And it wasn’t an isolated incident. There were other B-52 crashes reported, incidents known as “broken arrows” that involved nuclear weapons or components. “There is a likelihood that there are a number of broken arrow incidents that we don’t know about,” says McCormick. “I think the Air Force has pretty much admitted to the ones that they simply couldn’t cover up. I’ve got to imagine there are a whole lot of other incidents that never came to our attention.”

Many of those crashes left undetonated nuclear bombs behind, which for various reasons couldn't be removed. “There is one in the bottom of Puget Sound,” says McCormick. “And one in the swamps of Savannah, Georgia. They’ll probably stay there forever. Which is spooky because if they haven’t already started leaking radioactive material, sooner or later they will.”

These questions, however, weren't raised at the time, says McCormick, whose grandfather and parents had faith in the military and its decisions.

“For people who were alive in those days, adults in the Cold War, especially more conservative ones who were supportive of the military, you just kind of trusted that they [the Air Force] were going to take care of things,” says McCormick. “My grandfather, my parents didn’t really ask a lot of questions. They just assumed that if the Air Force wanted to do it, then it was the right thing to do.”

For McCormick, one of the takeaways is how aggressive the US operation really was, and how much danger it placed the country in. “Imagine if [the Russians] had one of these planes loaded with nuclear bombs, flying right at us?” he asks. “Throw in the fact that these pilots were flying for 28 hours and taking speed to stay awake and flying planes with some known structural defects to them—it’s pretty spooky and you start to wonder if we were in greater danger of nuking ourselves or starting an accidental nuclear war then actually being attacked by Russia.”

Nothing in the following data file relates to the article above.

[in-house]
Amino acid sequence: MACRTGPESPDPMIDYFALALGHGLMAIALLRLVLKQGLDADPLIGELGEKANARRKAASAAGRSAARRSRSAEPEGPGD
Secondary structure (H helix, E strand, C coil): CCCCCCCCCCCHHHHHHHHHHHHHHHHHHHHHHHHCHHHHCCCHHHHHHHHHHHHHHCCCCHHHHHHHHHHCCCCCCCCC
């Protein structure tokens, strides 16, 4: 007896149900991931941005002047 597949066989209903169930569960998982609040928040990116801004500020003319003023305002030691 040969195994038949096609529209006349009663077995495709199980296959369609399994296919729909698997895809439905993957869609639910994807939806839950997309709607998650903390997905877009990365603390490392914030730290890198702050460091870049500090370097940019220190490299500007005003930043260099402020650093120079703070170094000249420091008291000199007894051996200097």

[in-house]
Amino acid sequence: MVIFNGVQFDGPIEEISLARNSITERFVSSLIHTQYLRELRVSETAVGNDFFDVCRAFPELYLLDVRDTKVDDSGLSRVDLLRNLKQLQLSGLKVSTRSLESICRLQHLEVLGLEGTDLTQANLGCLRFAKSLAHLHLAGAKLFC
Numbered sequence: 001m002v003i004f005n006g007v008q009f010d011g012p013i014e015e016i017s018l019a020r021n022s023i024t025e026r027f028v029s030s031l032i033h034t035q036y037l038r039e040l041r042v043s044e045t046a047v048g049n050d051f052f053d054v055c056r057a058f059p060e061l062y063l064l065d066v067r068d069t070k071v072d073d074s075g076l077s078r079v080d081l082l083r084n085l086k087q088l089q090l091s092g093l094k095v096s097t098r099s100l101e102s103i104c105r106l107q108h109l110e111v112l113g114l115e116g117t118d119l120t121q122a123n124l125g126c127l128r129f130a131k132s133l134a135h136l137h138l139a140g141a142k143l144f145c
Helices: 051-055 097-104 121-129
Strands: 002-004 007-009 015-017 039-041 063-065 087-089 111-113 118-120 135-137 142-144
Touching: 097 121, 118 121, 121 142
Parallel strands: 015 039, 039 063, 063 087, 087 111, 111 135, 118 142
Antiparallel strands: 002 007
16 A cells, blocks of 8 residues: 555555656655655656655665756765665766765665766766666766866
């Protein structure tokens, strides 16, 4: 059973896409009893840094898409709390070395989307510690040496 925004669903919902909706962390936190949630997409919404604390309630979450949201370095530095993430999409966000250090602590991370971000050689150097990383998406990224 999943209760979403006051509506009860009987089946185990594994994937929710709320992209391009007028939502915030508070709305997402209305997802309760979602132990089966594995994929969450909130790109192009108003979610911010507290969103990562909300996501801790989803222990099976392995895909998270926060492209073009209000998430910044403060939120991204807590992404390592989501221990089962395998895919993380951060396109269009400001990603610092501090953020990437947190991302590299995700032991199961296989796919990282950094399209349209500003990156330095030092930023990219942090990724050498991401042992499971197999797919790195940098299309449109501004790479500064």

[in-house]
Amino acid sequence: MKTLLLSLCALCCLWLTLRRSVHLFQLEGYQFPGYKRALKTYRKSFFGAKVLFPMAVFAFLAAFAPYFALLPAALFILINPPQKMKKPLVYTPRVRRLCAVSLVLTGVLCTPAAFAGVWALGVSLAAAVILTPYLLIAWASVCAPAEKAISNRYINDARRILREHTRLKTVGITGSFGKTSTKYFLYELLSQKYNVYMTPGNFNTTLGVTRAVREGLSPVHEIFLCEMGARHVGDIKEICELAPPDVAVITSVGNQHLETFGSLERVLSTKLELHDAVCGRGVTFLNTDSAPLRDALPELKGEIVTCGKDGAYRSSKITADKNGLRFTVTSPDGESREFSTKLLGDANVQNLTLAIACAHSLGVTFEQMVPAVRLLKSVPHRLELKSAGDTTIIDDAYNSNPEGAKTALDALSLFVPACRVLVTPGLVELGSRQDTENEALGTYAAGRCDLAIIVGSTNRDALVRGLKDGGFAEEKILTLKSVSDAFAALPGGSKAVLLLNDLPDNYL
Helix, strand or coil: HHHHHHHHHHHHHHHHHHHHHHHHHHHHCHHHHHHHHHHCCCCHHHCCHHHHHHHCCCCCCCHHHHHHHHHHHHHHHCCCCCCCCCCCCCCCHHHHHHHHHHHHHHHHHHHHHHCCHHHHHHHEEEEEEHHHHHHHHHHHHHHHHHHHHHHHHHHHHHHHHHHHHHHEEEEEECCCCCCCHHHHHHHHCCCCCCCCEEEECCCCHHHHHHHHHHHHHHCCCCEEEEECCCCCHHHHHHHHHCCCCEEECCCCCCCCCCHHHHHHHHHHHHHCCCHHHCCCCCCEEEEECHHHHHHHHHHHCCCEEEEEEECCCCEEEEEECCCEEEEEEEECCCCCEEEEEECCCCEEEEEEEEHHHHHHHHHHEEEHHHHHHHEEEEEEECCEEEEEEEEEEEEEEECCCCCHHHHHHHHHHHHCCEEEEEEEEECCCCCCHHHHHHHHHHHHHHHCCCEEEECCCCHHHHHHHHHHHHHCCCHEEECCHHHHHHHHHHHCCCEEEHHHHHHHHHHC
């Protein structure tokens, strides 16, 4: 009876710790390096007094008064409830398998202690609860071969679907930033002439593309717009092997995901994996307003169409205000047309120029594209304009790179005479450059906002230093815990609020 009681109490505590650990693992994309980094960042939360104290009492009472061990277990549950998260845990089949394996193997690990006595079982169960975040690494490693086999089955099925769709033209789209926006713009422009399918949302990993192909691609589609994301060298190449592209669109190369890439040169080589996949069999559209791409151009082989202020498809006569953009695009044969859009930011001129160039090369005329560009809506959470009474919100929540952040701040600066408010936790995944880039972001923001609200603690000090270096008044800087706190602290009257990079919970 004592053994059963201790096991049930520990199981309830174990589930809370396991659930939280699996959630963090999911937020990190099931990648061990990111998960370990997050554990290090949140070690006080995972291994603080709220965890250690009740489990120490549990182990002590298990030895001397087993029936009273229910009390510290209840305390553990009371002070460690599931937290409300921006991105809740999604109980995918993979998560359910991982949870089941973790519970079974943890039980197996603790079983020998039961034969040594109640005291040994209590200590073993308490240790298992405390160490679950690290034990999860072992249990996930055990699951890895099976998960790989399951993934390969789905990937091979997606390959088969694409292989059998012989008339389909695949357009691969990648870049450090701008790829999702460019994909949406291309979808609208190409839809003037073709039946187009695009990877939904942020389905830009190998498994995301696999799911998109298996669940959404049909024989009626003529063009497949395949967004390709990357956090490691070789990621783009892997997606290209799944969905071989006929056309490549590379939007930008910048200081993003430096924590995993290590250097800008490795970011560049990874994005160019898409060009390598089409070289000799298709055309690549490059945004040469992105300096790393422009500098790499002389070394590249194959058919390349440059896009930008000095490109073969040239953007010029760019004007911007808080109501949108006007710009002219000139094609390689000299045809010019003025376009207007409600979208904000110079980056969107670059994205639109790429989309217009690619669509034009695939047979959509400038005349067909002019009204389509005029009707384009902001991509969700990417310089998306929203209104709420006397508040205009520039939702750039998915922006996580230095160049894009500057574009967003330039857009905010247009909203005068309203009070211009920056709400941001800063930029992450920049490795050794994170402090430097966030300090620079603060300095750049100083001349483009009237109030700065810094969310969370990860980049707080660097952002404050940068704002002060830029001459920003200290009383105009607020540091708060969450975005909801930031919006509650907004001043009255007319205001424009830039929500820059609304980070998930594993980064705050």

McCormick’s film, which comes in at under one hour, is both a personal narrative—interspersed as it is with so much of his grandfather’s amateur video footage—and a cautionary tale.

“I want the audience to watch this film and realize that the things happening with the military, there are two sides involved,” he says. “The people who are on the ground and in the air executing these decisions, they might not even be fully aware of the large picture that’s at play. I certainly don’t think my grandfather was.”

So have we learned from our mistakes? “I found myself getting very angry at the Air Force and at our country because it seems like we’re constantly doing these kind of dumb things that we never learn from,” says McCormick. “We are constantly creating these problems for ourselves. But then on the flip side I also understood that this is my grandfather’s story and the story of them men who live on this plane and the people in this small town.”

Buzz One Four screens at 5:45 p.m. Wednesday, February 15, at the Laurelhurst Theater and at noon Saturday, February 18 at the Whitsell Auditorium. More information about the film can be found on its website.

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Portland International Film Festival 2017

12:00 PM $12 general admission; $350 festival pass Whitsell Auditorium